Display (OSD) appears on the PICTURE ADJUST
page. Press the button to highlight the Auto
Press the button for the LCD HDTV to adjust to
the PC signal timing automatically. 4.12.2 H-SIZE
Press the button to highlight the H-Size selection.
Press the button to start adjusting the horizontal size of the picture. Use the or button to adjust
the horizontal size. 4.12.3 Horizontal Shift
Press the button to highlight the Horizontal Shift selection.
Press the button to start adjusting the horizontal position of the picture. Use the or button to
adjust the horizontal position. 4.12.4 Vertical Shift
Press the button to highlight the Vertical Shift selection.
Press the button to start adjusting the vertical position of the picture. Use the or button to adjust
the vertical position. 4.12.5 Fine Tune
Press the button to highlight the Fine Tune selection.
Press the button to start tuning the to the PC signal. Use the or button to adjust the tuning
4.14.1 Understanding Viewing Features
Your LCD HDTV features four viewing modes and Picture-In-Picture (PIP)/Picture-by-Picture (POP) mode.
You can switch viewing modes using the remote control. 4.14.2 Viewing Modes Normal Mode
The original 4:3 aspect ratio (1.33:1 source) is preserved, so black bars are
added to the left and right of the display image. Standard TV broadcasts are
displayed with a 4:3 Aspect Ratio. Movies in 4:3 Aspect Ratio may be referred
to as pan-and-scan or full frame. These movies were originally filmed in 16:9
(widescreen), and then modified to fit a traditional TV screen (4:3). Wide Mode
When watching a standard broadcast or full-frame movie in this mode,
the display image is stretched proportionately to fill the TV screen.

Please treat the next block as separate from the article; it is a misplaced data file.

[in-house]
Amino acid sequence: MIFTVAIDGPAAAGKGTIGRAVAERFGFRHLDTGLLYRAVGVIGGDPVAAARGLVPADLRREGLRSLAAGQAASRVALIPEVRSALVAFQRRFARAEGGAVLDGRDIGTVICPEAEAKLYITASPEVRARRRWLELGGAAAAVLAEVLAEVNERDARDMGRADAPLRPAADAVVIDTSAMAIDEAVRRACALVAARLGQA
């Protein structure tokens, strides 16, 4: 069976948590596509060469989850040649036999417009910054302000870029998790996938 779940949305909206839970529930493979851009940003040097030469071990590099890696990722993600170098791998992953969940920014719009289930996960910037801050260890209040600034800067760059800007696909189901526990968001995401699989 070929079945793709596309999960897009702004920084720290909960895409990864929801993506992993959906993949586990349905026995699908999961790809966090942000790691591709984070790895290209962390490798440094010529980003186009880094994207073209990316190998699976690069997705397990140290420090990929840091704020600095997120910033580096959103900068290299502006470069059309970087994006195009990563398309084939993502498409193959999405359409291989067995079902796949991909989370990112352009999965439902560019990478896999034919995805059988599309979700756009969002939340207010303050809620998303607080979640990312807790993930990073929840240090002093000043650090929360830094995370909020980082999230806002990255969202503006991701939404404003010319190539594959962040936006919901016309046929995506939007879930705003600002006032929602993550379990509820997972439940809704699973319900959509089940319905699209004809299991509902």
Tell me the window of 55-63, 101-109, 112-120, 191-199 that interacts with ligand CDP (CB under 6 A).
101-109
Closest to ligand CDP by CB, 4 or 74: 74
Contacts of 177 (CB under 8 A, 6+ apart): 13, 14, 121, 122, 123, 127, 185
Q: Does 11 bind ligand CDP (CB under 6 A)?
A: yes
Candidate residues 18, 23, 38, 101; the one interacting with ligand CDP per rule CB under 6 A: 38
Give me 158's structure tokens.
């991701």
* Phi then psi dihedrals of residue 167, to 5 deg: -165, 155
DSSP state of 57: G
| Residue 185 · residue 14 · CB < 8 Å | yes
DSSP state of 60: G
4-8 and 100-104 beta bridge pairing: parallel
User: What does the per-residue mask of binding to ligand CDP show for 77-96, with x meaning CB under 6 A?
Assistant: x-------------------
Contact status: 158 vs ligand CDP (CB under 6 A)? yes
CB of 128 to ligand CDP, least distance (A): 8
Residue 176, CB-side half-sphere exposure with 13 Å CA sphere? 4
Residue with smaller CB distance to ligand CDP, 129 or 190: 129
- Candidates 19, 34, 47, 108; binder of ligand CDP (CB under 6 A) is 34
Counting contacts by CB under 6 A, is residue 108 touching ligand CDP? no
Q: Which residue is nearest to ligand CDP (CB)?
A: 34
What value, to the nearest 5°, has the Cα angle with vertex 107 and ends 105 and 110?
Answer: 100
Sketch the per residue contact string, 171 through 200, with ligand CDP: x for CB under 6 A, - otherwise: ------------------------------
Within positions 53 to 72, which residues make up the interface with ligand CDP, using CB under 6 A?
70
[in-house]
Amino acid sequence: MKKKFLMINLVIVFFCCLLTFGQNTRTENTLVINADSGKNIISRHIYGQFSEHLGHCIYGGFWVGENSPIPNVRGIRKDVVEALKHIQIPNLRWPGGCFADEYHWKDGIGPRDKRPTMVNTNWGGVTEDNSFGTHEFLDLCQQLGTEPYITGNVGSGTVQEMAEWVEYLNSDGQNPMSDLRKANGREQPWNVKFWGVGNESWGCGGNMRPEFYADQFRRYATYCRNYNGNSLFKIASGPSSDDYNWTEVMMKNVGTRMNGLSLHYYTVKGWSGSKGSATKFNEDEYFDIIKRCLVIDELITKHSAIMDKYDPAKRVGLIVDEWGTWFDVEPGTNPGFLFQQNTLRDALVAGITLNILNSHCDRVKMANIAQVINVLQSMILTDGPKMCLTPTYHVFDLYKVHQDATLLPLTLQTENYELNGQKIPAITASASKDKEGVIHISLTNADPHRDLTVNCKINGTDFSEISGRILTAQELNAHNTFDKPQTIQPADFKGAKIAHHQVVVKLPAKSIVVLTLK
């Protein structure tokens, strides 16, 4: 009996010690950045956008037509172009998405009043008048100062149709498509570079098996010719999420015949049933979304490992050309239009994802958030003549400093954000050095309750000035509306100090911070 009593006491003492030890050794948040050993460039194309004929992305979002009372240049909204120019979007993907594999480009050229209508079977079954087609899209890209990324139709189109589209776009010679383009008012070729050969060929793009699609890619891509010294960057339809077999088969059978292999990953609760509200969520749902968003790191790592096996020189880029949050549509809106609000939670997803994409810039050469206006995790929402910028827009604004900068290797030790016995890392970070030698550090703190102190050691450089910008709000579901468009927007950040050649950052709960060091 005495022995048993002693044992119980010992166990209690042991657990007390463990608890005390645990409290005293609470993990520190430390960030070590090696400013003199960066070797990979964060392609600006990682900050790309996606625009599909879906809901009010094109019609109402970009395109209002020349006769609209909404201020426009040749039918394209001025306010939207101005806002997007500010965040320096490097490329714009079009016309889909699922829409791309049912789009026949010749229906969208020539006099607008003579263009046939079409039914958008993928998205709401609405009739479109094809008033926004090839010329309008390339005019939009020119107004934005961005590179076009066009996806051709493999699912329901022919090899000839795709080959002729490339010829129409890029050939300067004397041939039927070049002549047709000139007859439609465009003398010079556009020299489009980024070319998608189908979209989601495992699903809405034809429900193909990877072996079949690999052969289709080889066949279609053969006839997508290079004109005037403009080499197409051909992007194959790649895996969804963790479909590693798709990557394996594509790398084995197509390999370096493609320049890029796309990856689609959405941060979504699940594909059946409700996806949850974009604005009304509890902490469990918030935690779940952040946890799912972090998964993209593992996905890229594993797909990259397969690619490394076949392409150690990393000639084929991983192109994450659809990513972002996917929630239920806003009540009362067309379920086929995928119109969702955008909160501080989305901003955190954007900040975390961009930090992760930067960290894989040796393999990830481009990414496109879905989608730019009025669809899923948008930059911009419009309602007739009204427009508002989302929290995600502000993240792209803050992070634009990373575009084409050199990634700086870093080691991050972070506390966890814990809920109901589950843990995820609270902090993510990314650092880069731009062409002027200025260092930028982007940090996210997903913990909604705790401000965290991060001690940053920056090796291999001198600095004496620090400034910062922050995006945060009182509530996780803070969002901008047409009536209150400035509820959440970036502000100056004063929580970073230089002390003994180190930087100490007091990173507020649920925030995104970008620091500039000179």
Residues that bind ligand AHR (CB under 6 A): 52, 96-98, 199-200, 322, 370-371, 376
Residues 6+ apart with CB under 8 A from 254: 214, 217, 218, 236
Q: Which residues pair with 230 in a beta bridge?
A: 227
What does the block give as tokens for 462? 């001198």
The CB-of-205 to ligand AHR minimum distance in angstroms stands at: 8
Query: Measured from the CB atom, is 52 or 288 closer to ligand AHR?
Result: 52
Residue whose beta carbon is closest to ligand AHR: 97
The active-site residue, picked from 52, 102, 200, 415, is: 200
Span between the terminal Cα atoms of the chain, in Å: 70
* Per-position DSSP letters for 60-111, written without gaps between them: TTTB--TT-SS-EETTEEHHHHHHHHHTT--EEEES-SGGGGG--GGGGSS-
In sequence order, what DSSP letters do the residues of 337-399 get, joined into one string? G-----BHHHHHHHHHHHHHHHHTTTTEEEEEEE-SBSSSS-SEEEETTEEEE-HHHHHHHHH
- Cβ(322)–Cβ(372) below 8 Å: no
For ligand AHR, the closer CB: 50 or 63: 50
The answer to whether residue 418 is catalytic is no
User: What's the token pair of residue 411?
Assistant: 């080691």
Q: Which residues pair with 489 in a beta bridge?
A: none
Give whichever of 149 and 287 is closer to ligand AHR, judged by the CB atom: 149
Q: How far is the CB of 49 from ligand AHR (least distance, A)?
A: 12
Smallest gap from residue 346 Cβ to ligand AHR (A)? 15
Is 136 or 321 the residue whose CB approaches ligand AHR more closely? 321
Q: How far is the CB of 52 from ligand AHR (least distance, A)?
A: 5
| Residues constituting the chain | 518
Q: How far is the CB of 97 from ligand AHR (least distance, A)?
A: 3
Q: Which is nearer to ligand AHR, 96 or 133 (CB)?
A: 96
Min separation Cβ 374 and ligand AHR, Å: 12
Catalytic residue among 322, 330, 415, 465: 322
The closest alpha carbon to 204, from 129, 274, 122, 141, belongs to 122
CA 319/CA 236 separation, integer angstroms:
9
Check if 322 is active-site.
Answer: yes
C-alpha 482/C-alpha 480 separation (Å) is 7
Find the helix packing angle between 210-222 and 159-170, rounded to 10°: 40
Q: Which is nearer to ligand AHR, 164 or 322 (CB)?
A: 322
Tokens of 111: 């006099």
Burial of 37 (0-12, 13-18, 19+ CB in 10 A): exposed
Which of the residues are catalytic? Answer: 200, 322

When watching a widescreen (1.78:1 source) program or movie, the
display image fills the TV screen. If you are watching a widescreen
(1.85:1 or 2.35:1 source) program or movie, there will still be black
bars at the top and bottom. Zoom Mode
When watching a widescreen (1.78:1, 1.85:1, or 2.35:1 source)
program or movie, the display image is zoomed proportionally to fill the
width of the screen. The top and bottom are cut off to remove most of
the source material’s black bars. This mode is good for programs or
movies with sub-titles. Panoramic Mode
When watching a standard broadcast or full frame movie in this mode,
the 4:3 Aspect Ratio (1.33:1 source) display image is stretched
horizontally on the left and right sides to fill the TV screen. The center
of the image is not stretched.
Note: Viewing modes are saved based on input. For example, you lasted watched a DVD in widescreen mode and then watched TV in standard mode. When you switch back to DVD input, the viewing mode will return to widescreen.
I have a Toshiba 50HP15 PLasma flat screen TV. Its been working tone for 2 years now. All of a sudden without warningm the right 1/3 of tghe picture is missing and is black, where as the other 2/3rd of the picture is great picture and in HD. When I press DISPLAY on the remote control is says FULL 720p. When I press the Picture Size button on the remote the message NOT AVAILABLE come on. Anyone with suggestions. Thanks